In the fall of 1967, people in the Bolivian countryside lived in fear—the fear of the presence of the legendary Che Guevara, Argentinean revolutionary and hero of Castro's Cuban Revolution. In an attempt to foment uprisings, Guevara had arrived in poverty-ridden Bolivia to train revolutionaries and lead a peasant movement. Journalists Weiss (Associated Press; coauthor, with Maurer, No Way Out: A Story of Valor in the Mountains of Afghanistan) and Maurer (coauthor, Gentlemen Bastards: On the Ground in Afghanistan with America's Elite Special Forces) tell the story of special forces major Ralph "Pappy" Shelton who, with the aid of U.S. Army Rangers and CIA operatives, trained Bolivians to track and capture Che. After months of preparation, a Bolivian force overwhelmed and captured Guevara and most of his small band of guerrillas in early October 1967. Che was executed on October 9. This book often reads like gripping fiction as the authors use interviews and firsthand accounts to detail the hunt. What clearly comes through is the futility of Guevara's Bolivian efforts, his failure to attract recruits and supplies, and the lack of support from the Communist Party in the region. Che and his revolution were doomed—period. VERDICT Another book on Che—and one with a hugely positive recommendation to all interested readers.—Boyd Childress, formerly with Auburn Univ. Libs., AL
Kirkus Reviews
Much like "the day we got Bin Laden," the devil is in the details in this military procedural about one of the few wins of Cold War–era spycraft. Investigative journalist Weiss (No Way Out, 2012, etc.) and co-author Maurer apply many of the same fast-paced stylistic techniques that made a best-seller of Maurer's collaboration with Navy SEAL Team 6's Mark Owen (No Easy Day, 2012). This nonfiction thriller about the manhunt and subsequent execution of radical icon Che Guevara (1928–1967) focuses on his final months fostering a revolution in Bolivia. The authors are fortunate to have an extraordinary cast of characters on which to hang their story. By far the most fascinating is Maj. Ralph "Pappy" Shelton, leader of the Green Berets, whose compassionate ideas about counterinsurgency were decades before their time. He was in country to train the Bolivian army to find, trap and capture Guevara's small army of soldiers. His right-hand man was Gary Prado Salmon, noble commander of the wildly incompetent Bolivian Rangers recruited for the task. The whole affair was crucial to the successful near-dictatorship of President René Barrientos Ortuno, whose government was stealing millions in U.S. aid. The spooks working behind the scenes were led by two Cuban exiles–turned–CIA agents: Gustavo Villoldo, whose father committed suicide at Castro's command, and Félix Rodríguez, who successfully infiltrated Cuba in advance of the disastrous Bay of Pigs invasion. Blatantly pitched to armchair warriors and airport bookstores, the book is indeed exciting to read. Whether readers buy into the romantic revisionism of the cult of Che or take the authors' position that he was an uncommon thug matters little until the finale. Surprisingly, the coda is more humanizing of its antagonist than readers might expect. A slam-bang military drama whose unambiguous worldview overshadows the larger questions raised by the facts at hand.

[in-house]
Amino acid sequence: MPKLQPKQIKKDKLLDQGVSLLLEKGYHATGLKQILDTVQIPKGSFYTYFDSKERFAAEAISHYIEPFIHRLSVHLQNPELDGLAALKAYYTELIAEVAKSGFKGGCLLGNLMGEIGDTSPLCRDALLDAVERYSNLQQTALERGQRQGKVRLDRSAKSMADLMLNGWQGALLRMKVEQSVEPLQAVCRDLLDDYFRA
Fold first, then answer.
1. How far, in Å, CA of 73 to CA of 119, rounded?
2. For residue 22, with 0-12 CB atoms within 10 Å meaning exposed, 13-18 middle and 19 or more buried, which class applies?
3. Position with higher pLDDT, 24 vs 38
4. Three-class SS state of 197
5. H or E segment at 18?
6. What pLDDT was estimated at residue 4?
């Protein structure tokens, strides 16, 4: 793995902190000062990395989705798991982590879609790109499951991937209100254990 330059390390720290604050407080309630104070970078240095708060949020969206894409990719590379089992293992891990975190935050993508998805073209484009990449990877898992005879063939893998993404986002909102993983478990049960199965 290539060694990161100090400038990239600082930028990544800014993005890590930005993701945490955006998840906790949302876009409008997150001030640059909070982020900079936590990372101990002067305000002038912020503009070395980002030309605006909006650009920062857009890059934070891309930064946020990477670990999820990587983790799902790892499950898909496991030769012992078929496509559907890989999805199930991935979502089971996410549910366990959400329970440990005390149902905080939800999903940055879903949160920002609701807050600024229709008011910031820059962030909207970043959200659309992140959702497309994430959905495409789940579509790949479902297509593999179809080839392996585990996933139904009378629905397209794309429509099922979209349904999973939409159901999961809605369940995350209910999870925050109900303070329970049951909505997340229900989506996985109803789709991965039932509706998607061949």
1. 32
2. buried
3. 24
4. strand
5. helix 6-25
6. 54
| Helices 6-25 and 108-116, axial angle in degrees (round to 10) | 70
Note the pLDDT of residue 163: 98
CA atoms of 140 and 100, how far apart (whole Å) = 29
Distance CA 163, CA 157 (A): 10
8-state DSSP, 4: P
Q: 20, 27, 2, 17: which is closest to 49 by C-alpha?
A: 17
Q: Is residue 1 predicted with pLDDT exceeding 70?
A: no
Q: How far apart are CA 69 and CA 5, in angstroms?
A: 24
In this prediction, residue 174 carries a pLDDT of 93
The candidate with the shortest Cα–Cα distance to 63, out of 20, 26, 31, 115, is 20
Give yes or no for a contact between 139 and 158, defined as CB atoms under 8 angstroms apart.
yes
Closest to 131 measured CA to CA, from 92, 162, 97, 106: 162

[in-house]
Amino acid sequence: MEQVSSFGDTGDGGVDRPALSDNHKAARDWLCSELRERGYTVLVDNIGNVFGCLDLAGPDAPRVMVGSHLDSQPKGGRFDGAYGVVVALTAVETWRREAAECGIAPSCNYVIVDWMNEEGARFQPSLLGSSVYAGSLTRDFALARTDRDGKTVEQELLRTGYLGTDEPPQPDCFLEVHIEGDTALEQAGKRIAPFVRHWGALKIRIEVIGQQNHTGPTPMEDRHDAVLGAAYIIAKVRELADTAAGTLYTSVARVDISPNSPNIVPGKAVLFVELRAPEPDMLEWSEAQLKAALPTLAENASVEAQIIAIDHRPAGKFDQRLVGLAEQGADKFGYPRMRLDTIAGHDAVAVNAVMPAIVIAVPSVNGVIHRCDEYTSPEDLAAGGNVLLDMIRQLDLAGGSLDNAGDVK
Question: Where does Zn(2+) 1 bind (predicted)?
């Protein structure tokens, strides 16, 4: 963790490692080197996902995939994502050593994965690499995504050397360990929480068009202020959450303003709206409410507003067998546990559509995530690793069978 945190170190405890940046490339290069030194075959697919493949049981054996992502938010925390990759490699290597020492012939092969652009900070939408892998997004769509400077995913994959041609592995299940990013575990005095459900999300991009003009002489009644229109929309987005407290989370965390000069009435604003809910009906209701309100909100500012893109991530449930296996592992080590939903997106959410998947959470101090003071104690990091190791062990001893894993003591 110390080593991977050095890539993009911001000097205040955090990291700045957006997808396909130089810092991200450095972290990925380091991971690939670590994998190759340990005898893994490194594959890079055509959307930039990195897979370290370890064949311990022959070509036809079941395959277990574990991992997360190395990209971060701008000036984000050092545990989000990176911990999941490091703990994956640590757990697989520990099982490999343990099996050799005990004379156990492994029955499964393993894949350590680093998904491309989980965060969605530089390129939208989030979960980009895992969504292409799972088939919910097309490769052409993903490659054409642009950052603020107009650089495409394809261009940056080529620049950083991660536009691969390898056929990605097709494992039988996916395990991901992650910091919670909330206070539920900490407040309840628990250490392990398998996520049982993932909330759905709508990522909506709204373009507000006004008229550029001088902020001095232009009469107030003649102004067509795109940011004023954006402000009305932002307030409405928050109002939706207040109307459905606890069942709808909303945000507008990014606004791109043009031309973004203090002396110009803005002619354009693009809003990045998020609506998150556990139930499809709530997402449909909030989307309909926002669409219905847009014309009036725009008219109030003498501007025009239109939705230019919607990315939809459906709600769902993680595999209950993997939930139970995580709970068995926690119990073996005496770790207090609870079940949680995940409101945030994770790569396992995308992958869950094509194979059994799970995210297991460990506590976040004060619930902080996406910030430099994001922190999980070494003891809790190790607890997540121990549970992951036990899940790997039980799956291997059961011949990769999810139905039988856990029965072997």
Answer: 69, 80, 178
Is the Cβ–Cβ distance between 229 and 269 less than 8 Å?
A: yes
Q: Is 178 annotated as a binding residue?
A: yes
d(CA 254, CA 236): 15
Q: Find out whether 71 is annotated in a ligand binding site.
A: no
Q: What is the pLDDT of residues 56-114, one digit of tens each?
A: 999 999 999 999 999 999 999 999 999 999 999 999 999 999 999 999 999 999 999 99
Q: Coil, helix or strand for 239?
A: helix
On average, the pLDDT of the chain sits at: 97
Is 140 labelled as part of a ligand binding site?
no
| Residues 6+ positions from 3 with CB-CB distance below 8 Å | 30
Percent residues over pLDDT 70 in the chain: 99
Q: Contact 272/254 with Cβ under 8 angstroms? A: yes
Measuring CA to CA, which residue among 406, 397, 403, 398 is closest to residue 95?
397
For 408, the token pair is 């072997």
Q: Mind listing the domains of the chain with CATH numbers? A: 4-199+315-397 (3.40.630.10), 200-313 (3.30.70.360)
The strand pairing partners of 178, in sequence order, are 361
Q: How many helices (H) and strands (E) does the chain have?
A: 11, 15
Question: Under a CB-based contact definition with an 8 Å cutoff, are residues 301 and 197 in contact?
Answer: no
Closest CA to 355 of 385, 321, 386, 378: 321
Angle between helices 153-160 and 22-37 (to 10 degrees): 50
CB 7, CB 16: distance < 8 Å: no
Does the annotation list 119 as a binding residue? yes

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Product Details

  • ISBN-13: 9781452661704
  • Publisher: Tantor Media, Inc.
  • Publication date: 7/2/2013
  • Format: MP3 on CD
  • Edition description: MP3 - Unabridged CD
  • Product dimensions: 5.30 (w) x 7.40 (h) x 0.60 (d)

Meet the Author

Mitch Weiss is a Pulitzer Prize–winning investigative journalist for the Associated Press. In 2003, he was assigned to a series that uncovered the longest string of atrocities carried out by a U.S. fighting unit in the Vietnam War. In recognition of the series “Buried Secrets, Brutal Truths,” which led to an investigation by the Pentagon, he was awarded the 2004 Pulitzer Prize for Investigative Reporting. A series he wrote about corrupt real estate appraisers won several national awards in 2009. He also was part of a team of AP reporters that won a George Polk Award in 2010 for their coverage of the British Petroleum oil-spill disaster in the Gulf of Mexico.
 
Kevin Maurer is the author and coauthor of several books, including No Easy Day: The Firsthand Account of the Mission That Killed Osama Bin Laden. Covering special operations forces for nearly a decade, he has been embedded with the U.S. Special Forces in Afghanistan numerous times and spent ten weeks with a team of Green Berets in Afghanistan in 2010. He has been embedded with American soldiers in Iraq, East Africa, and Haiti.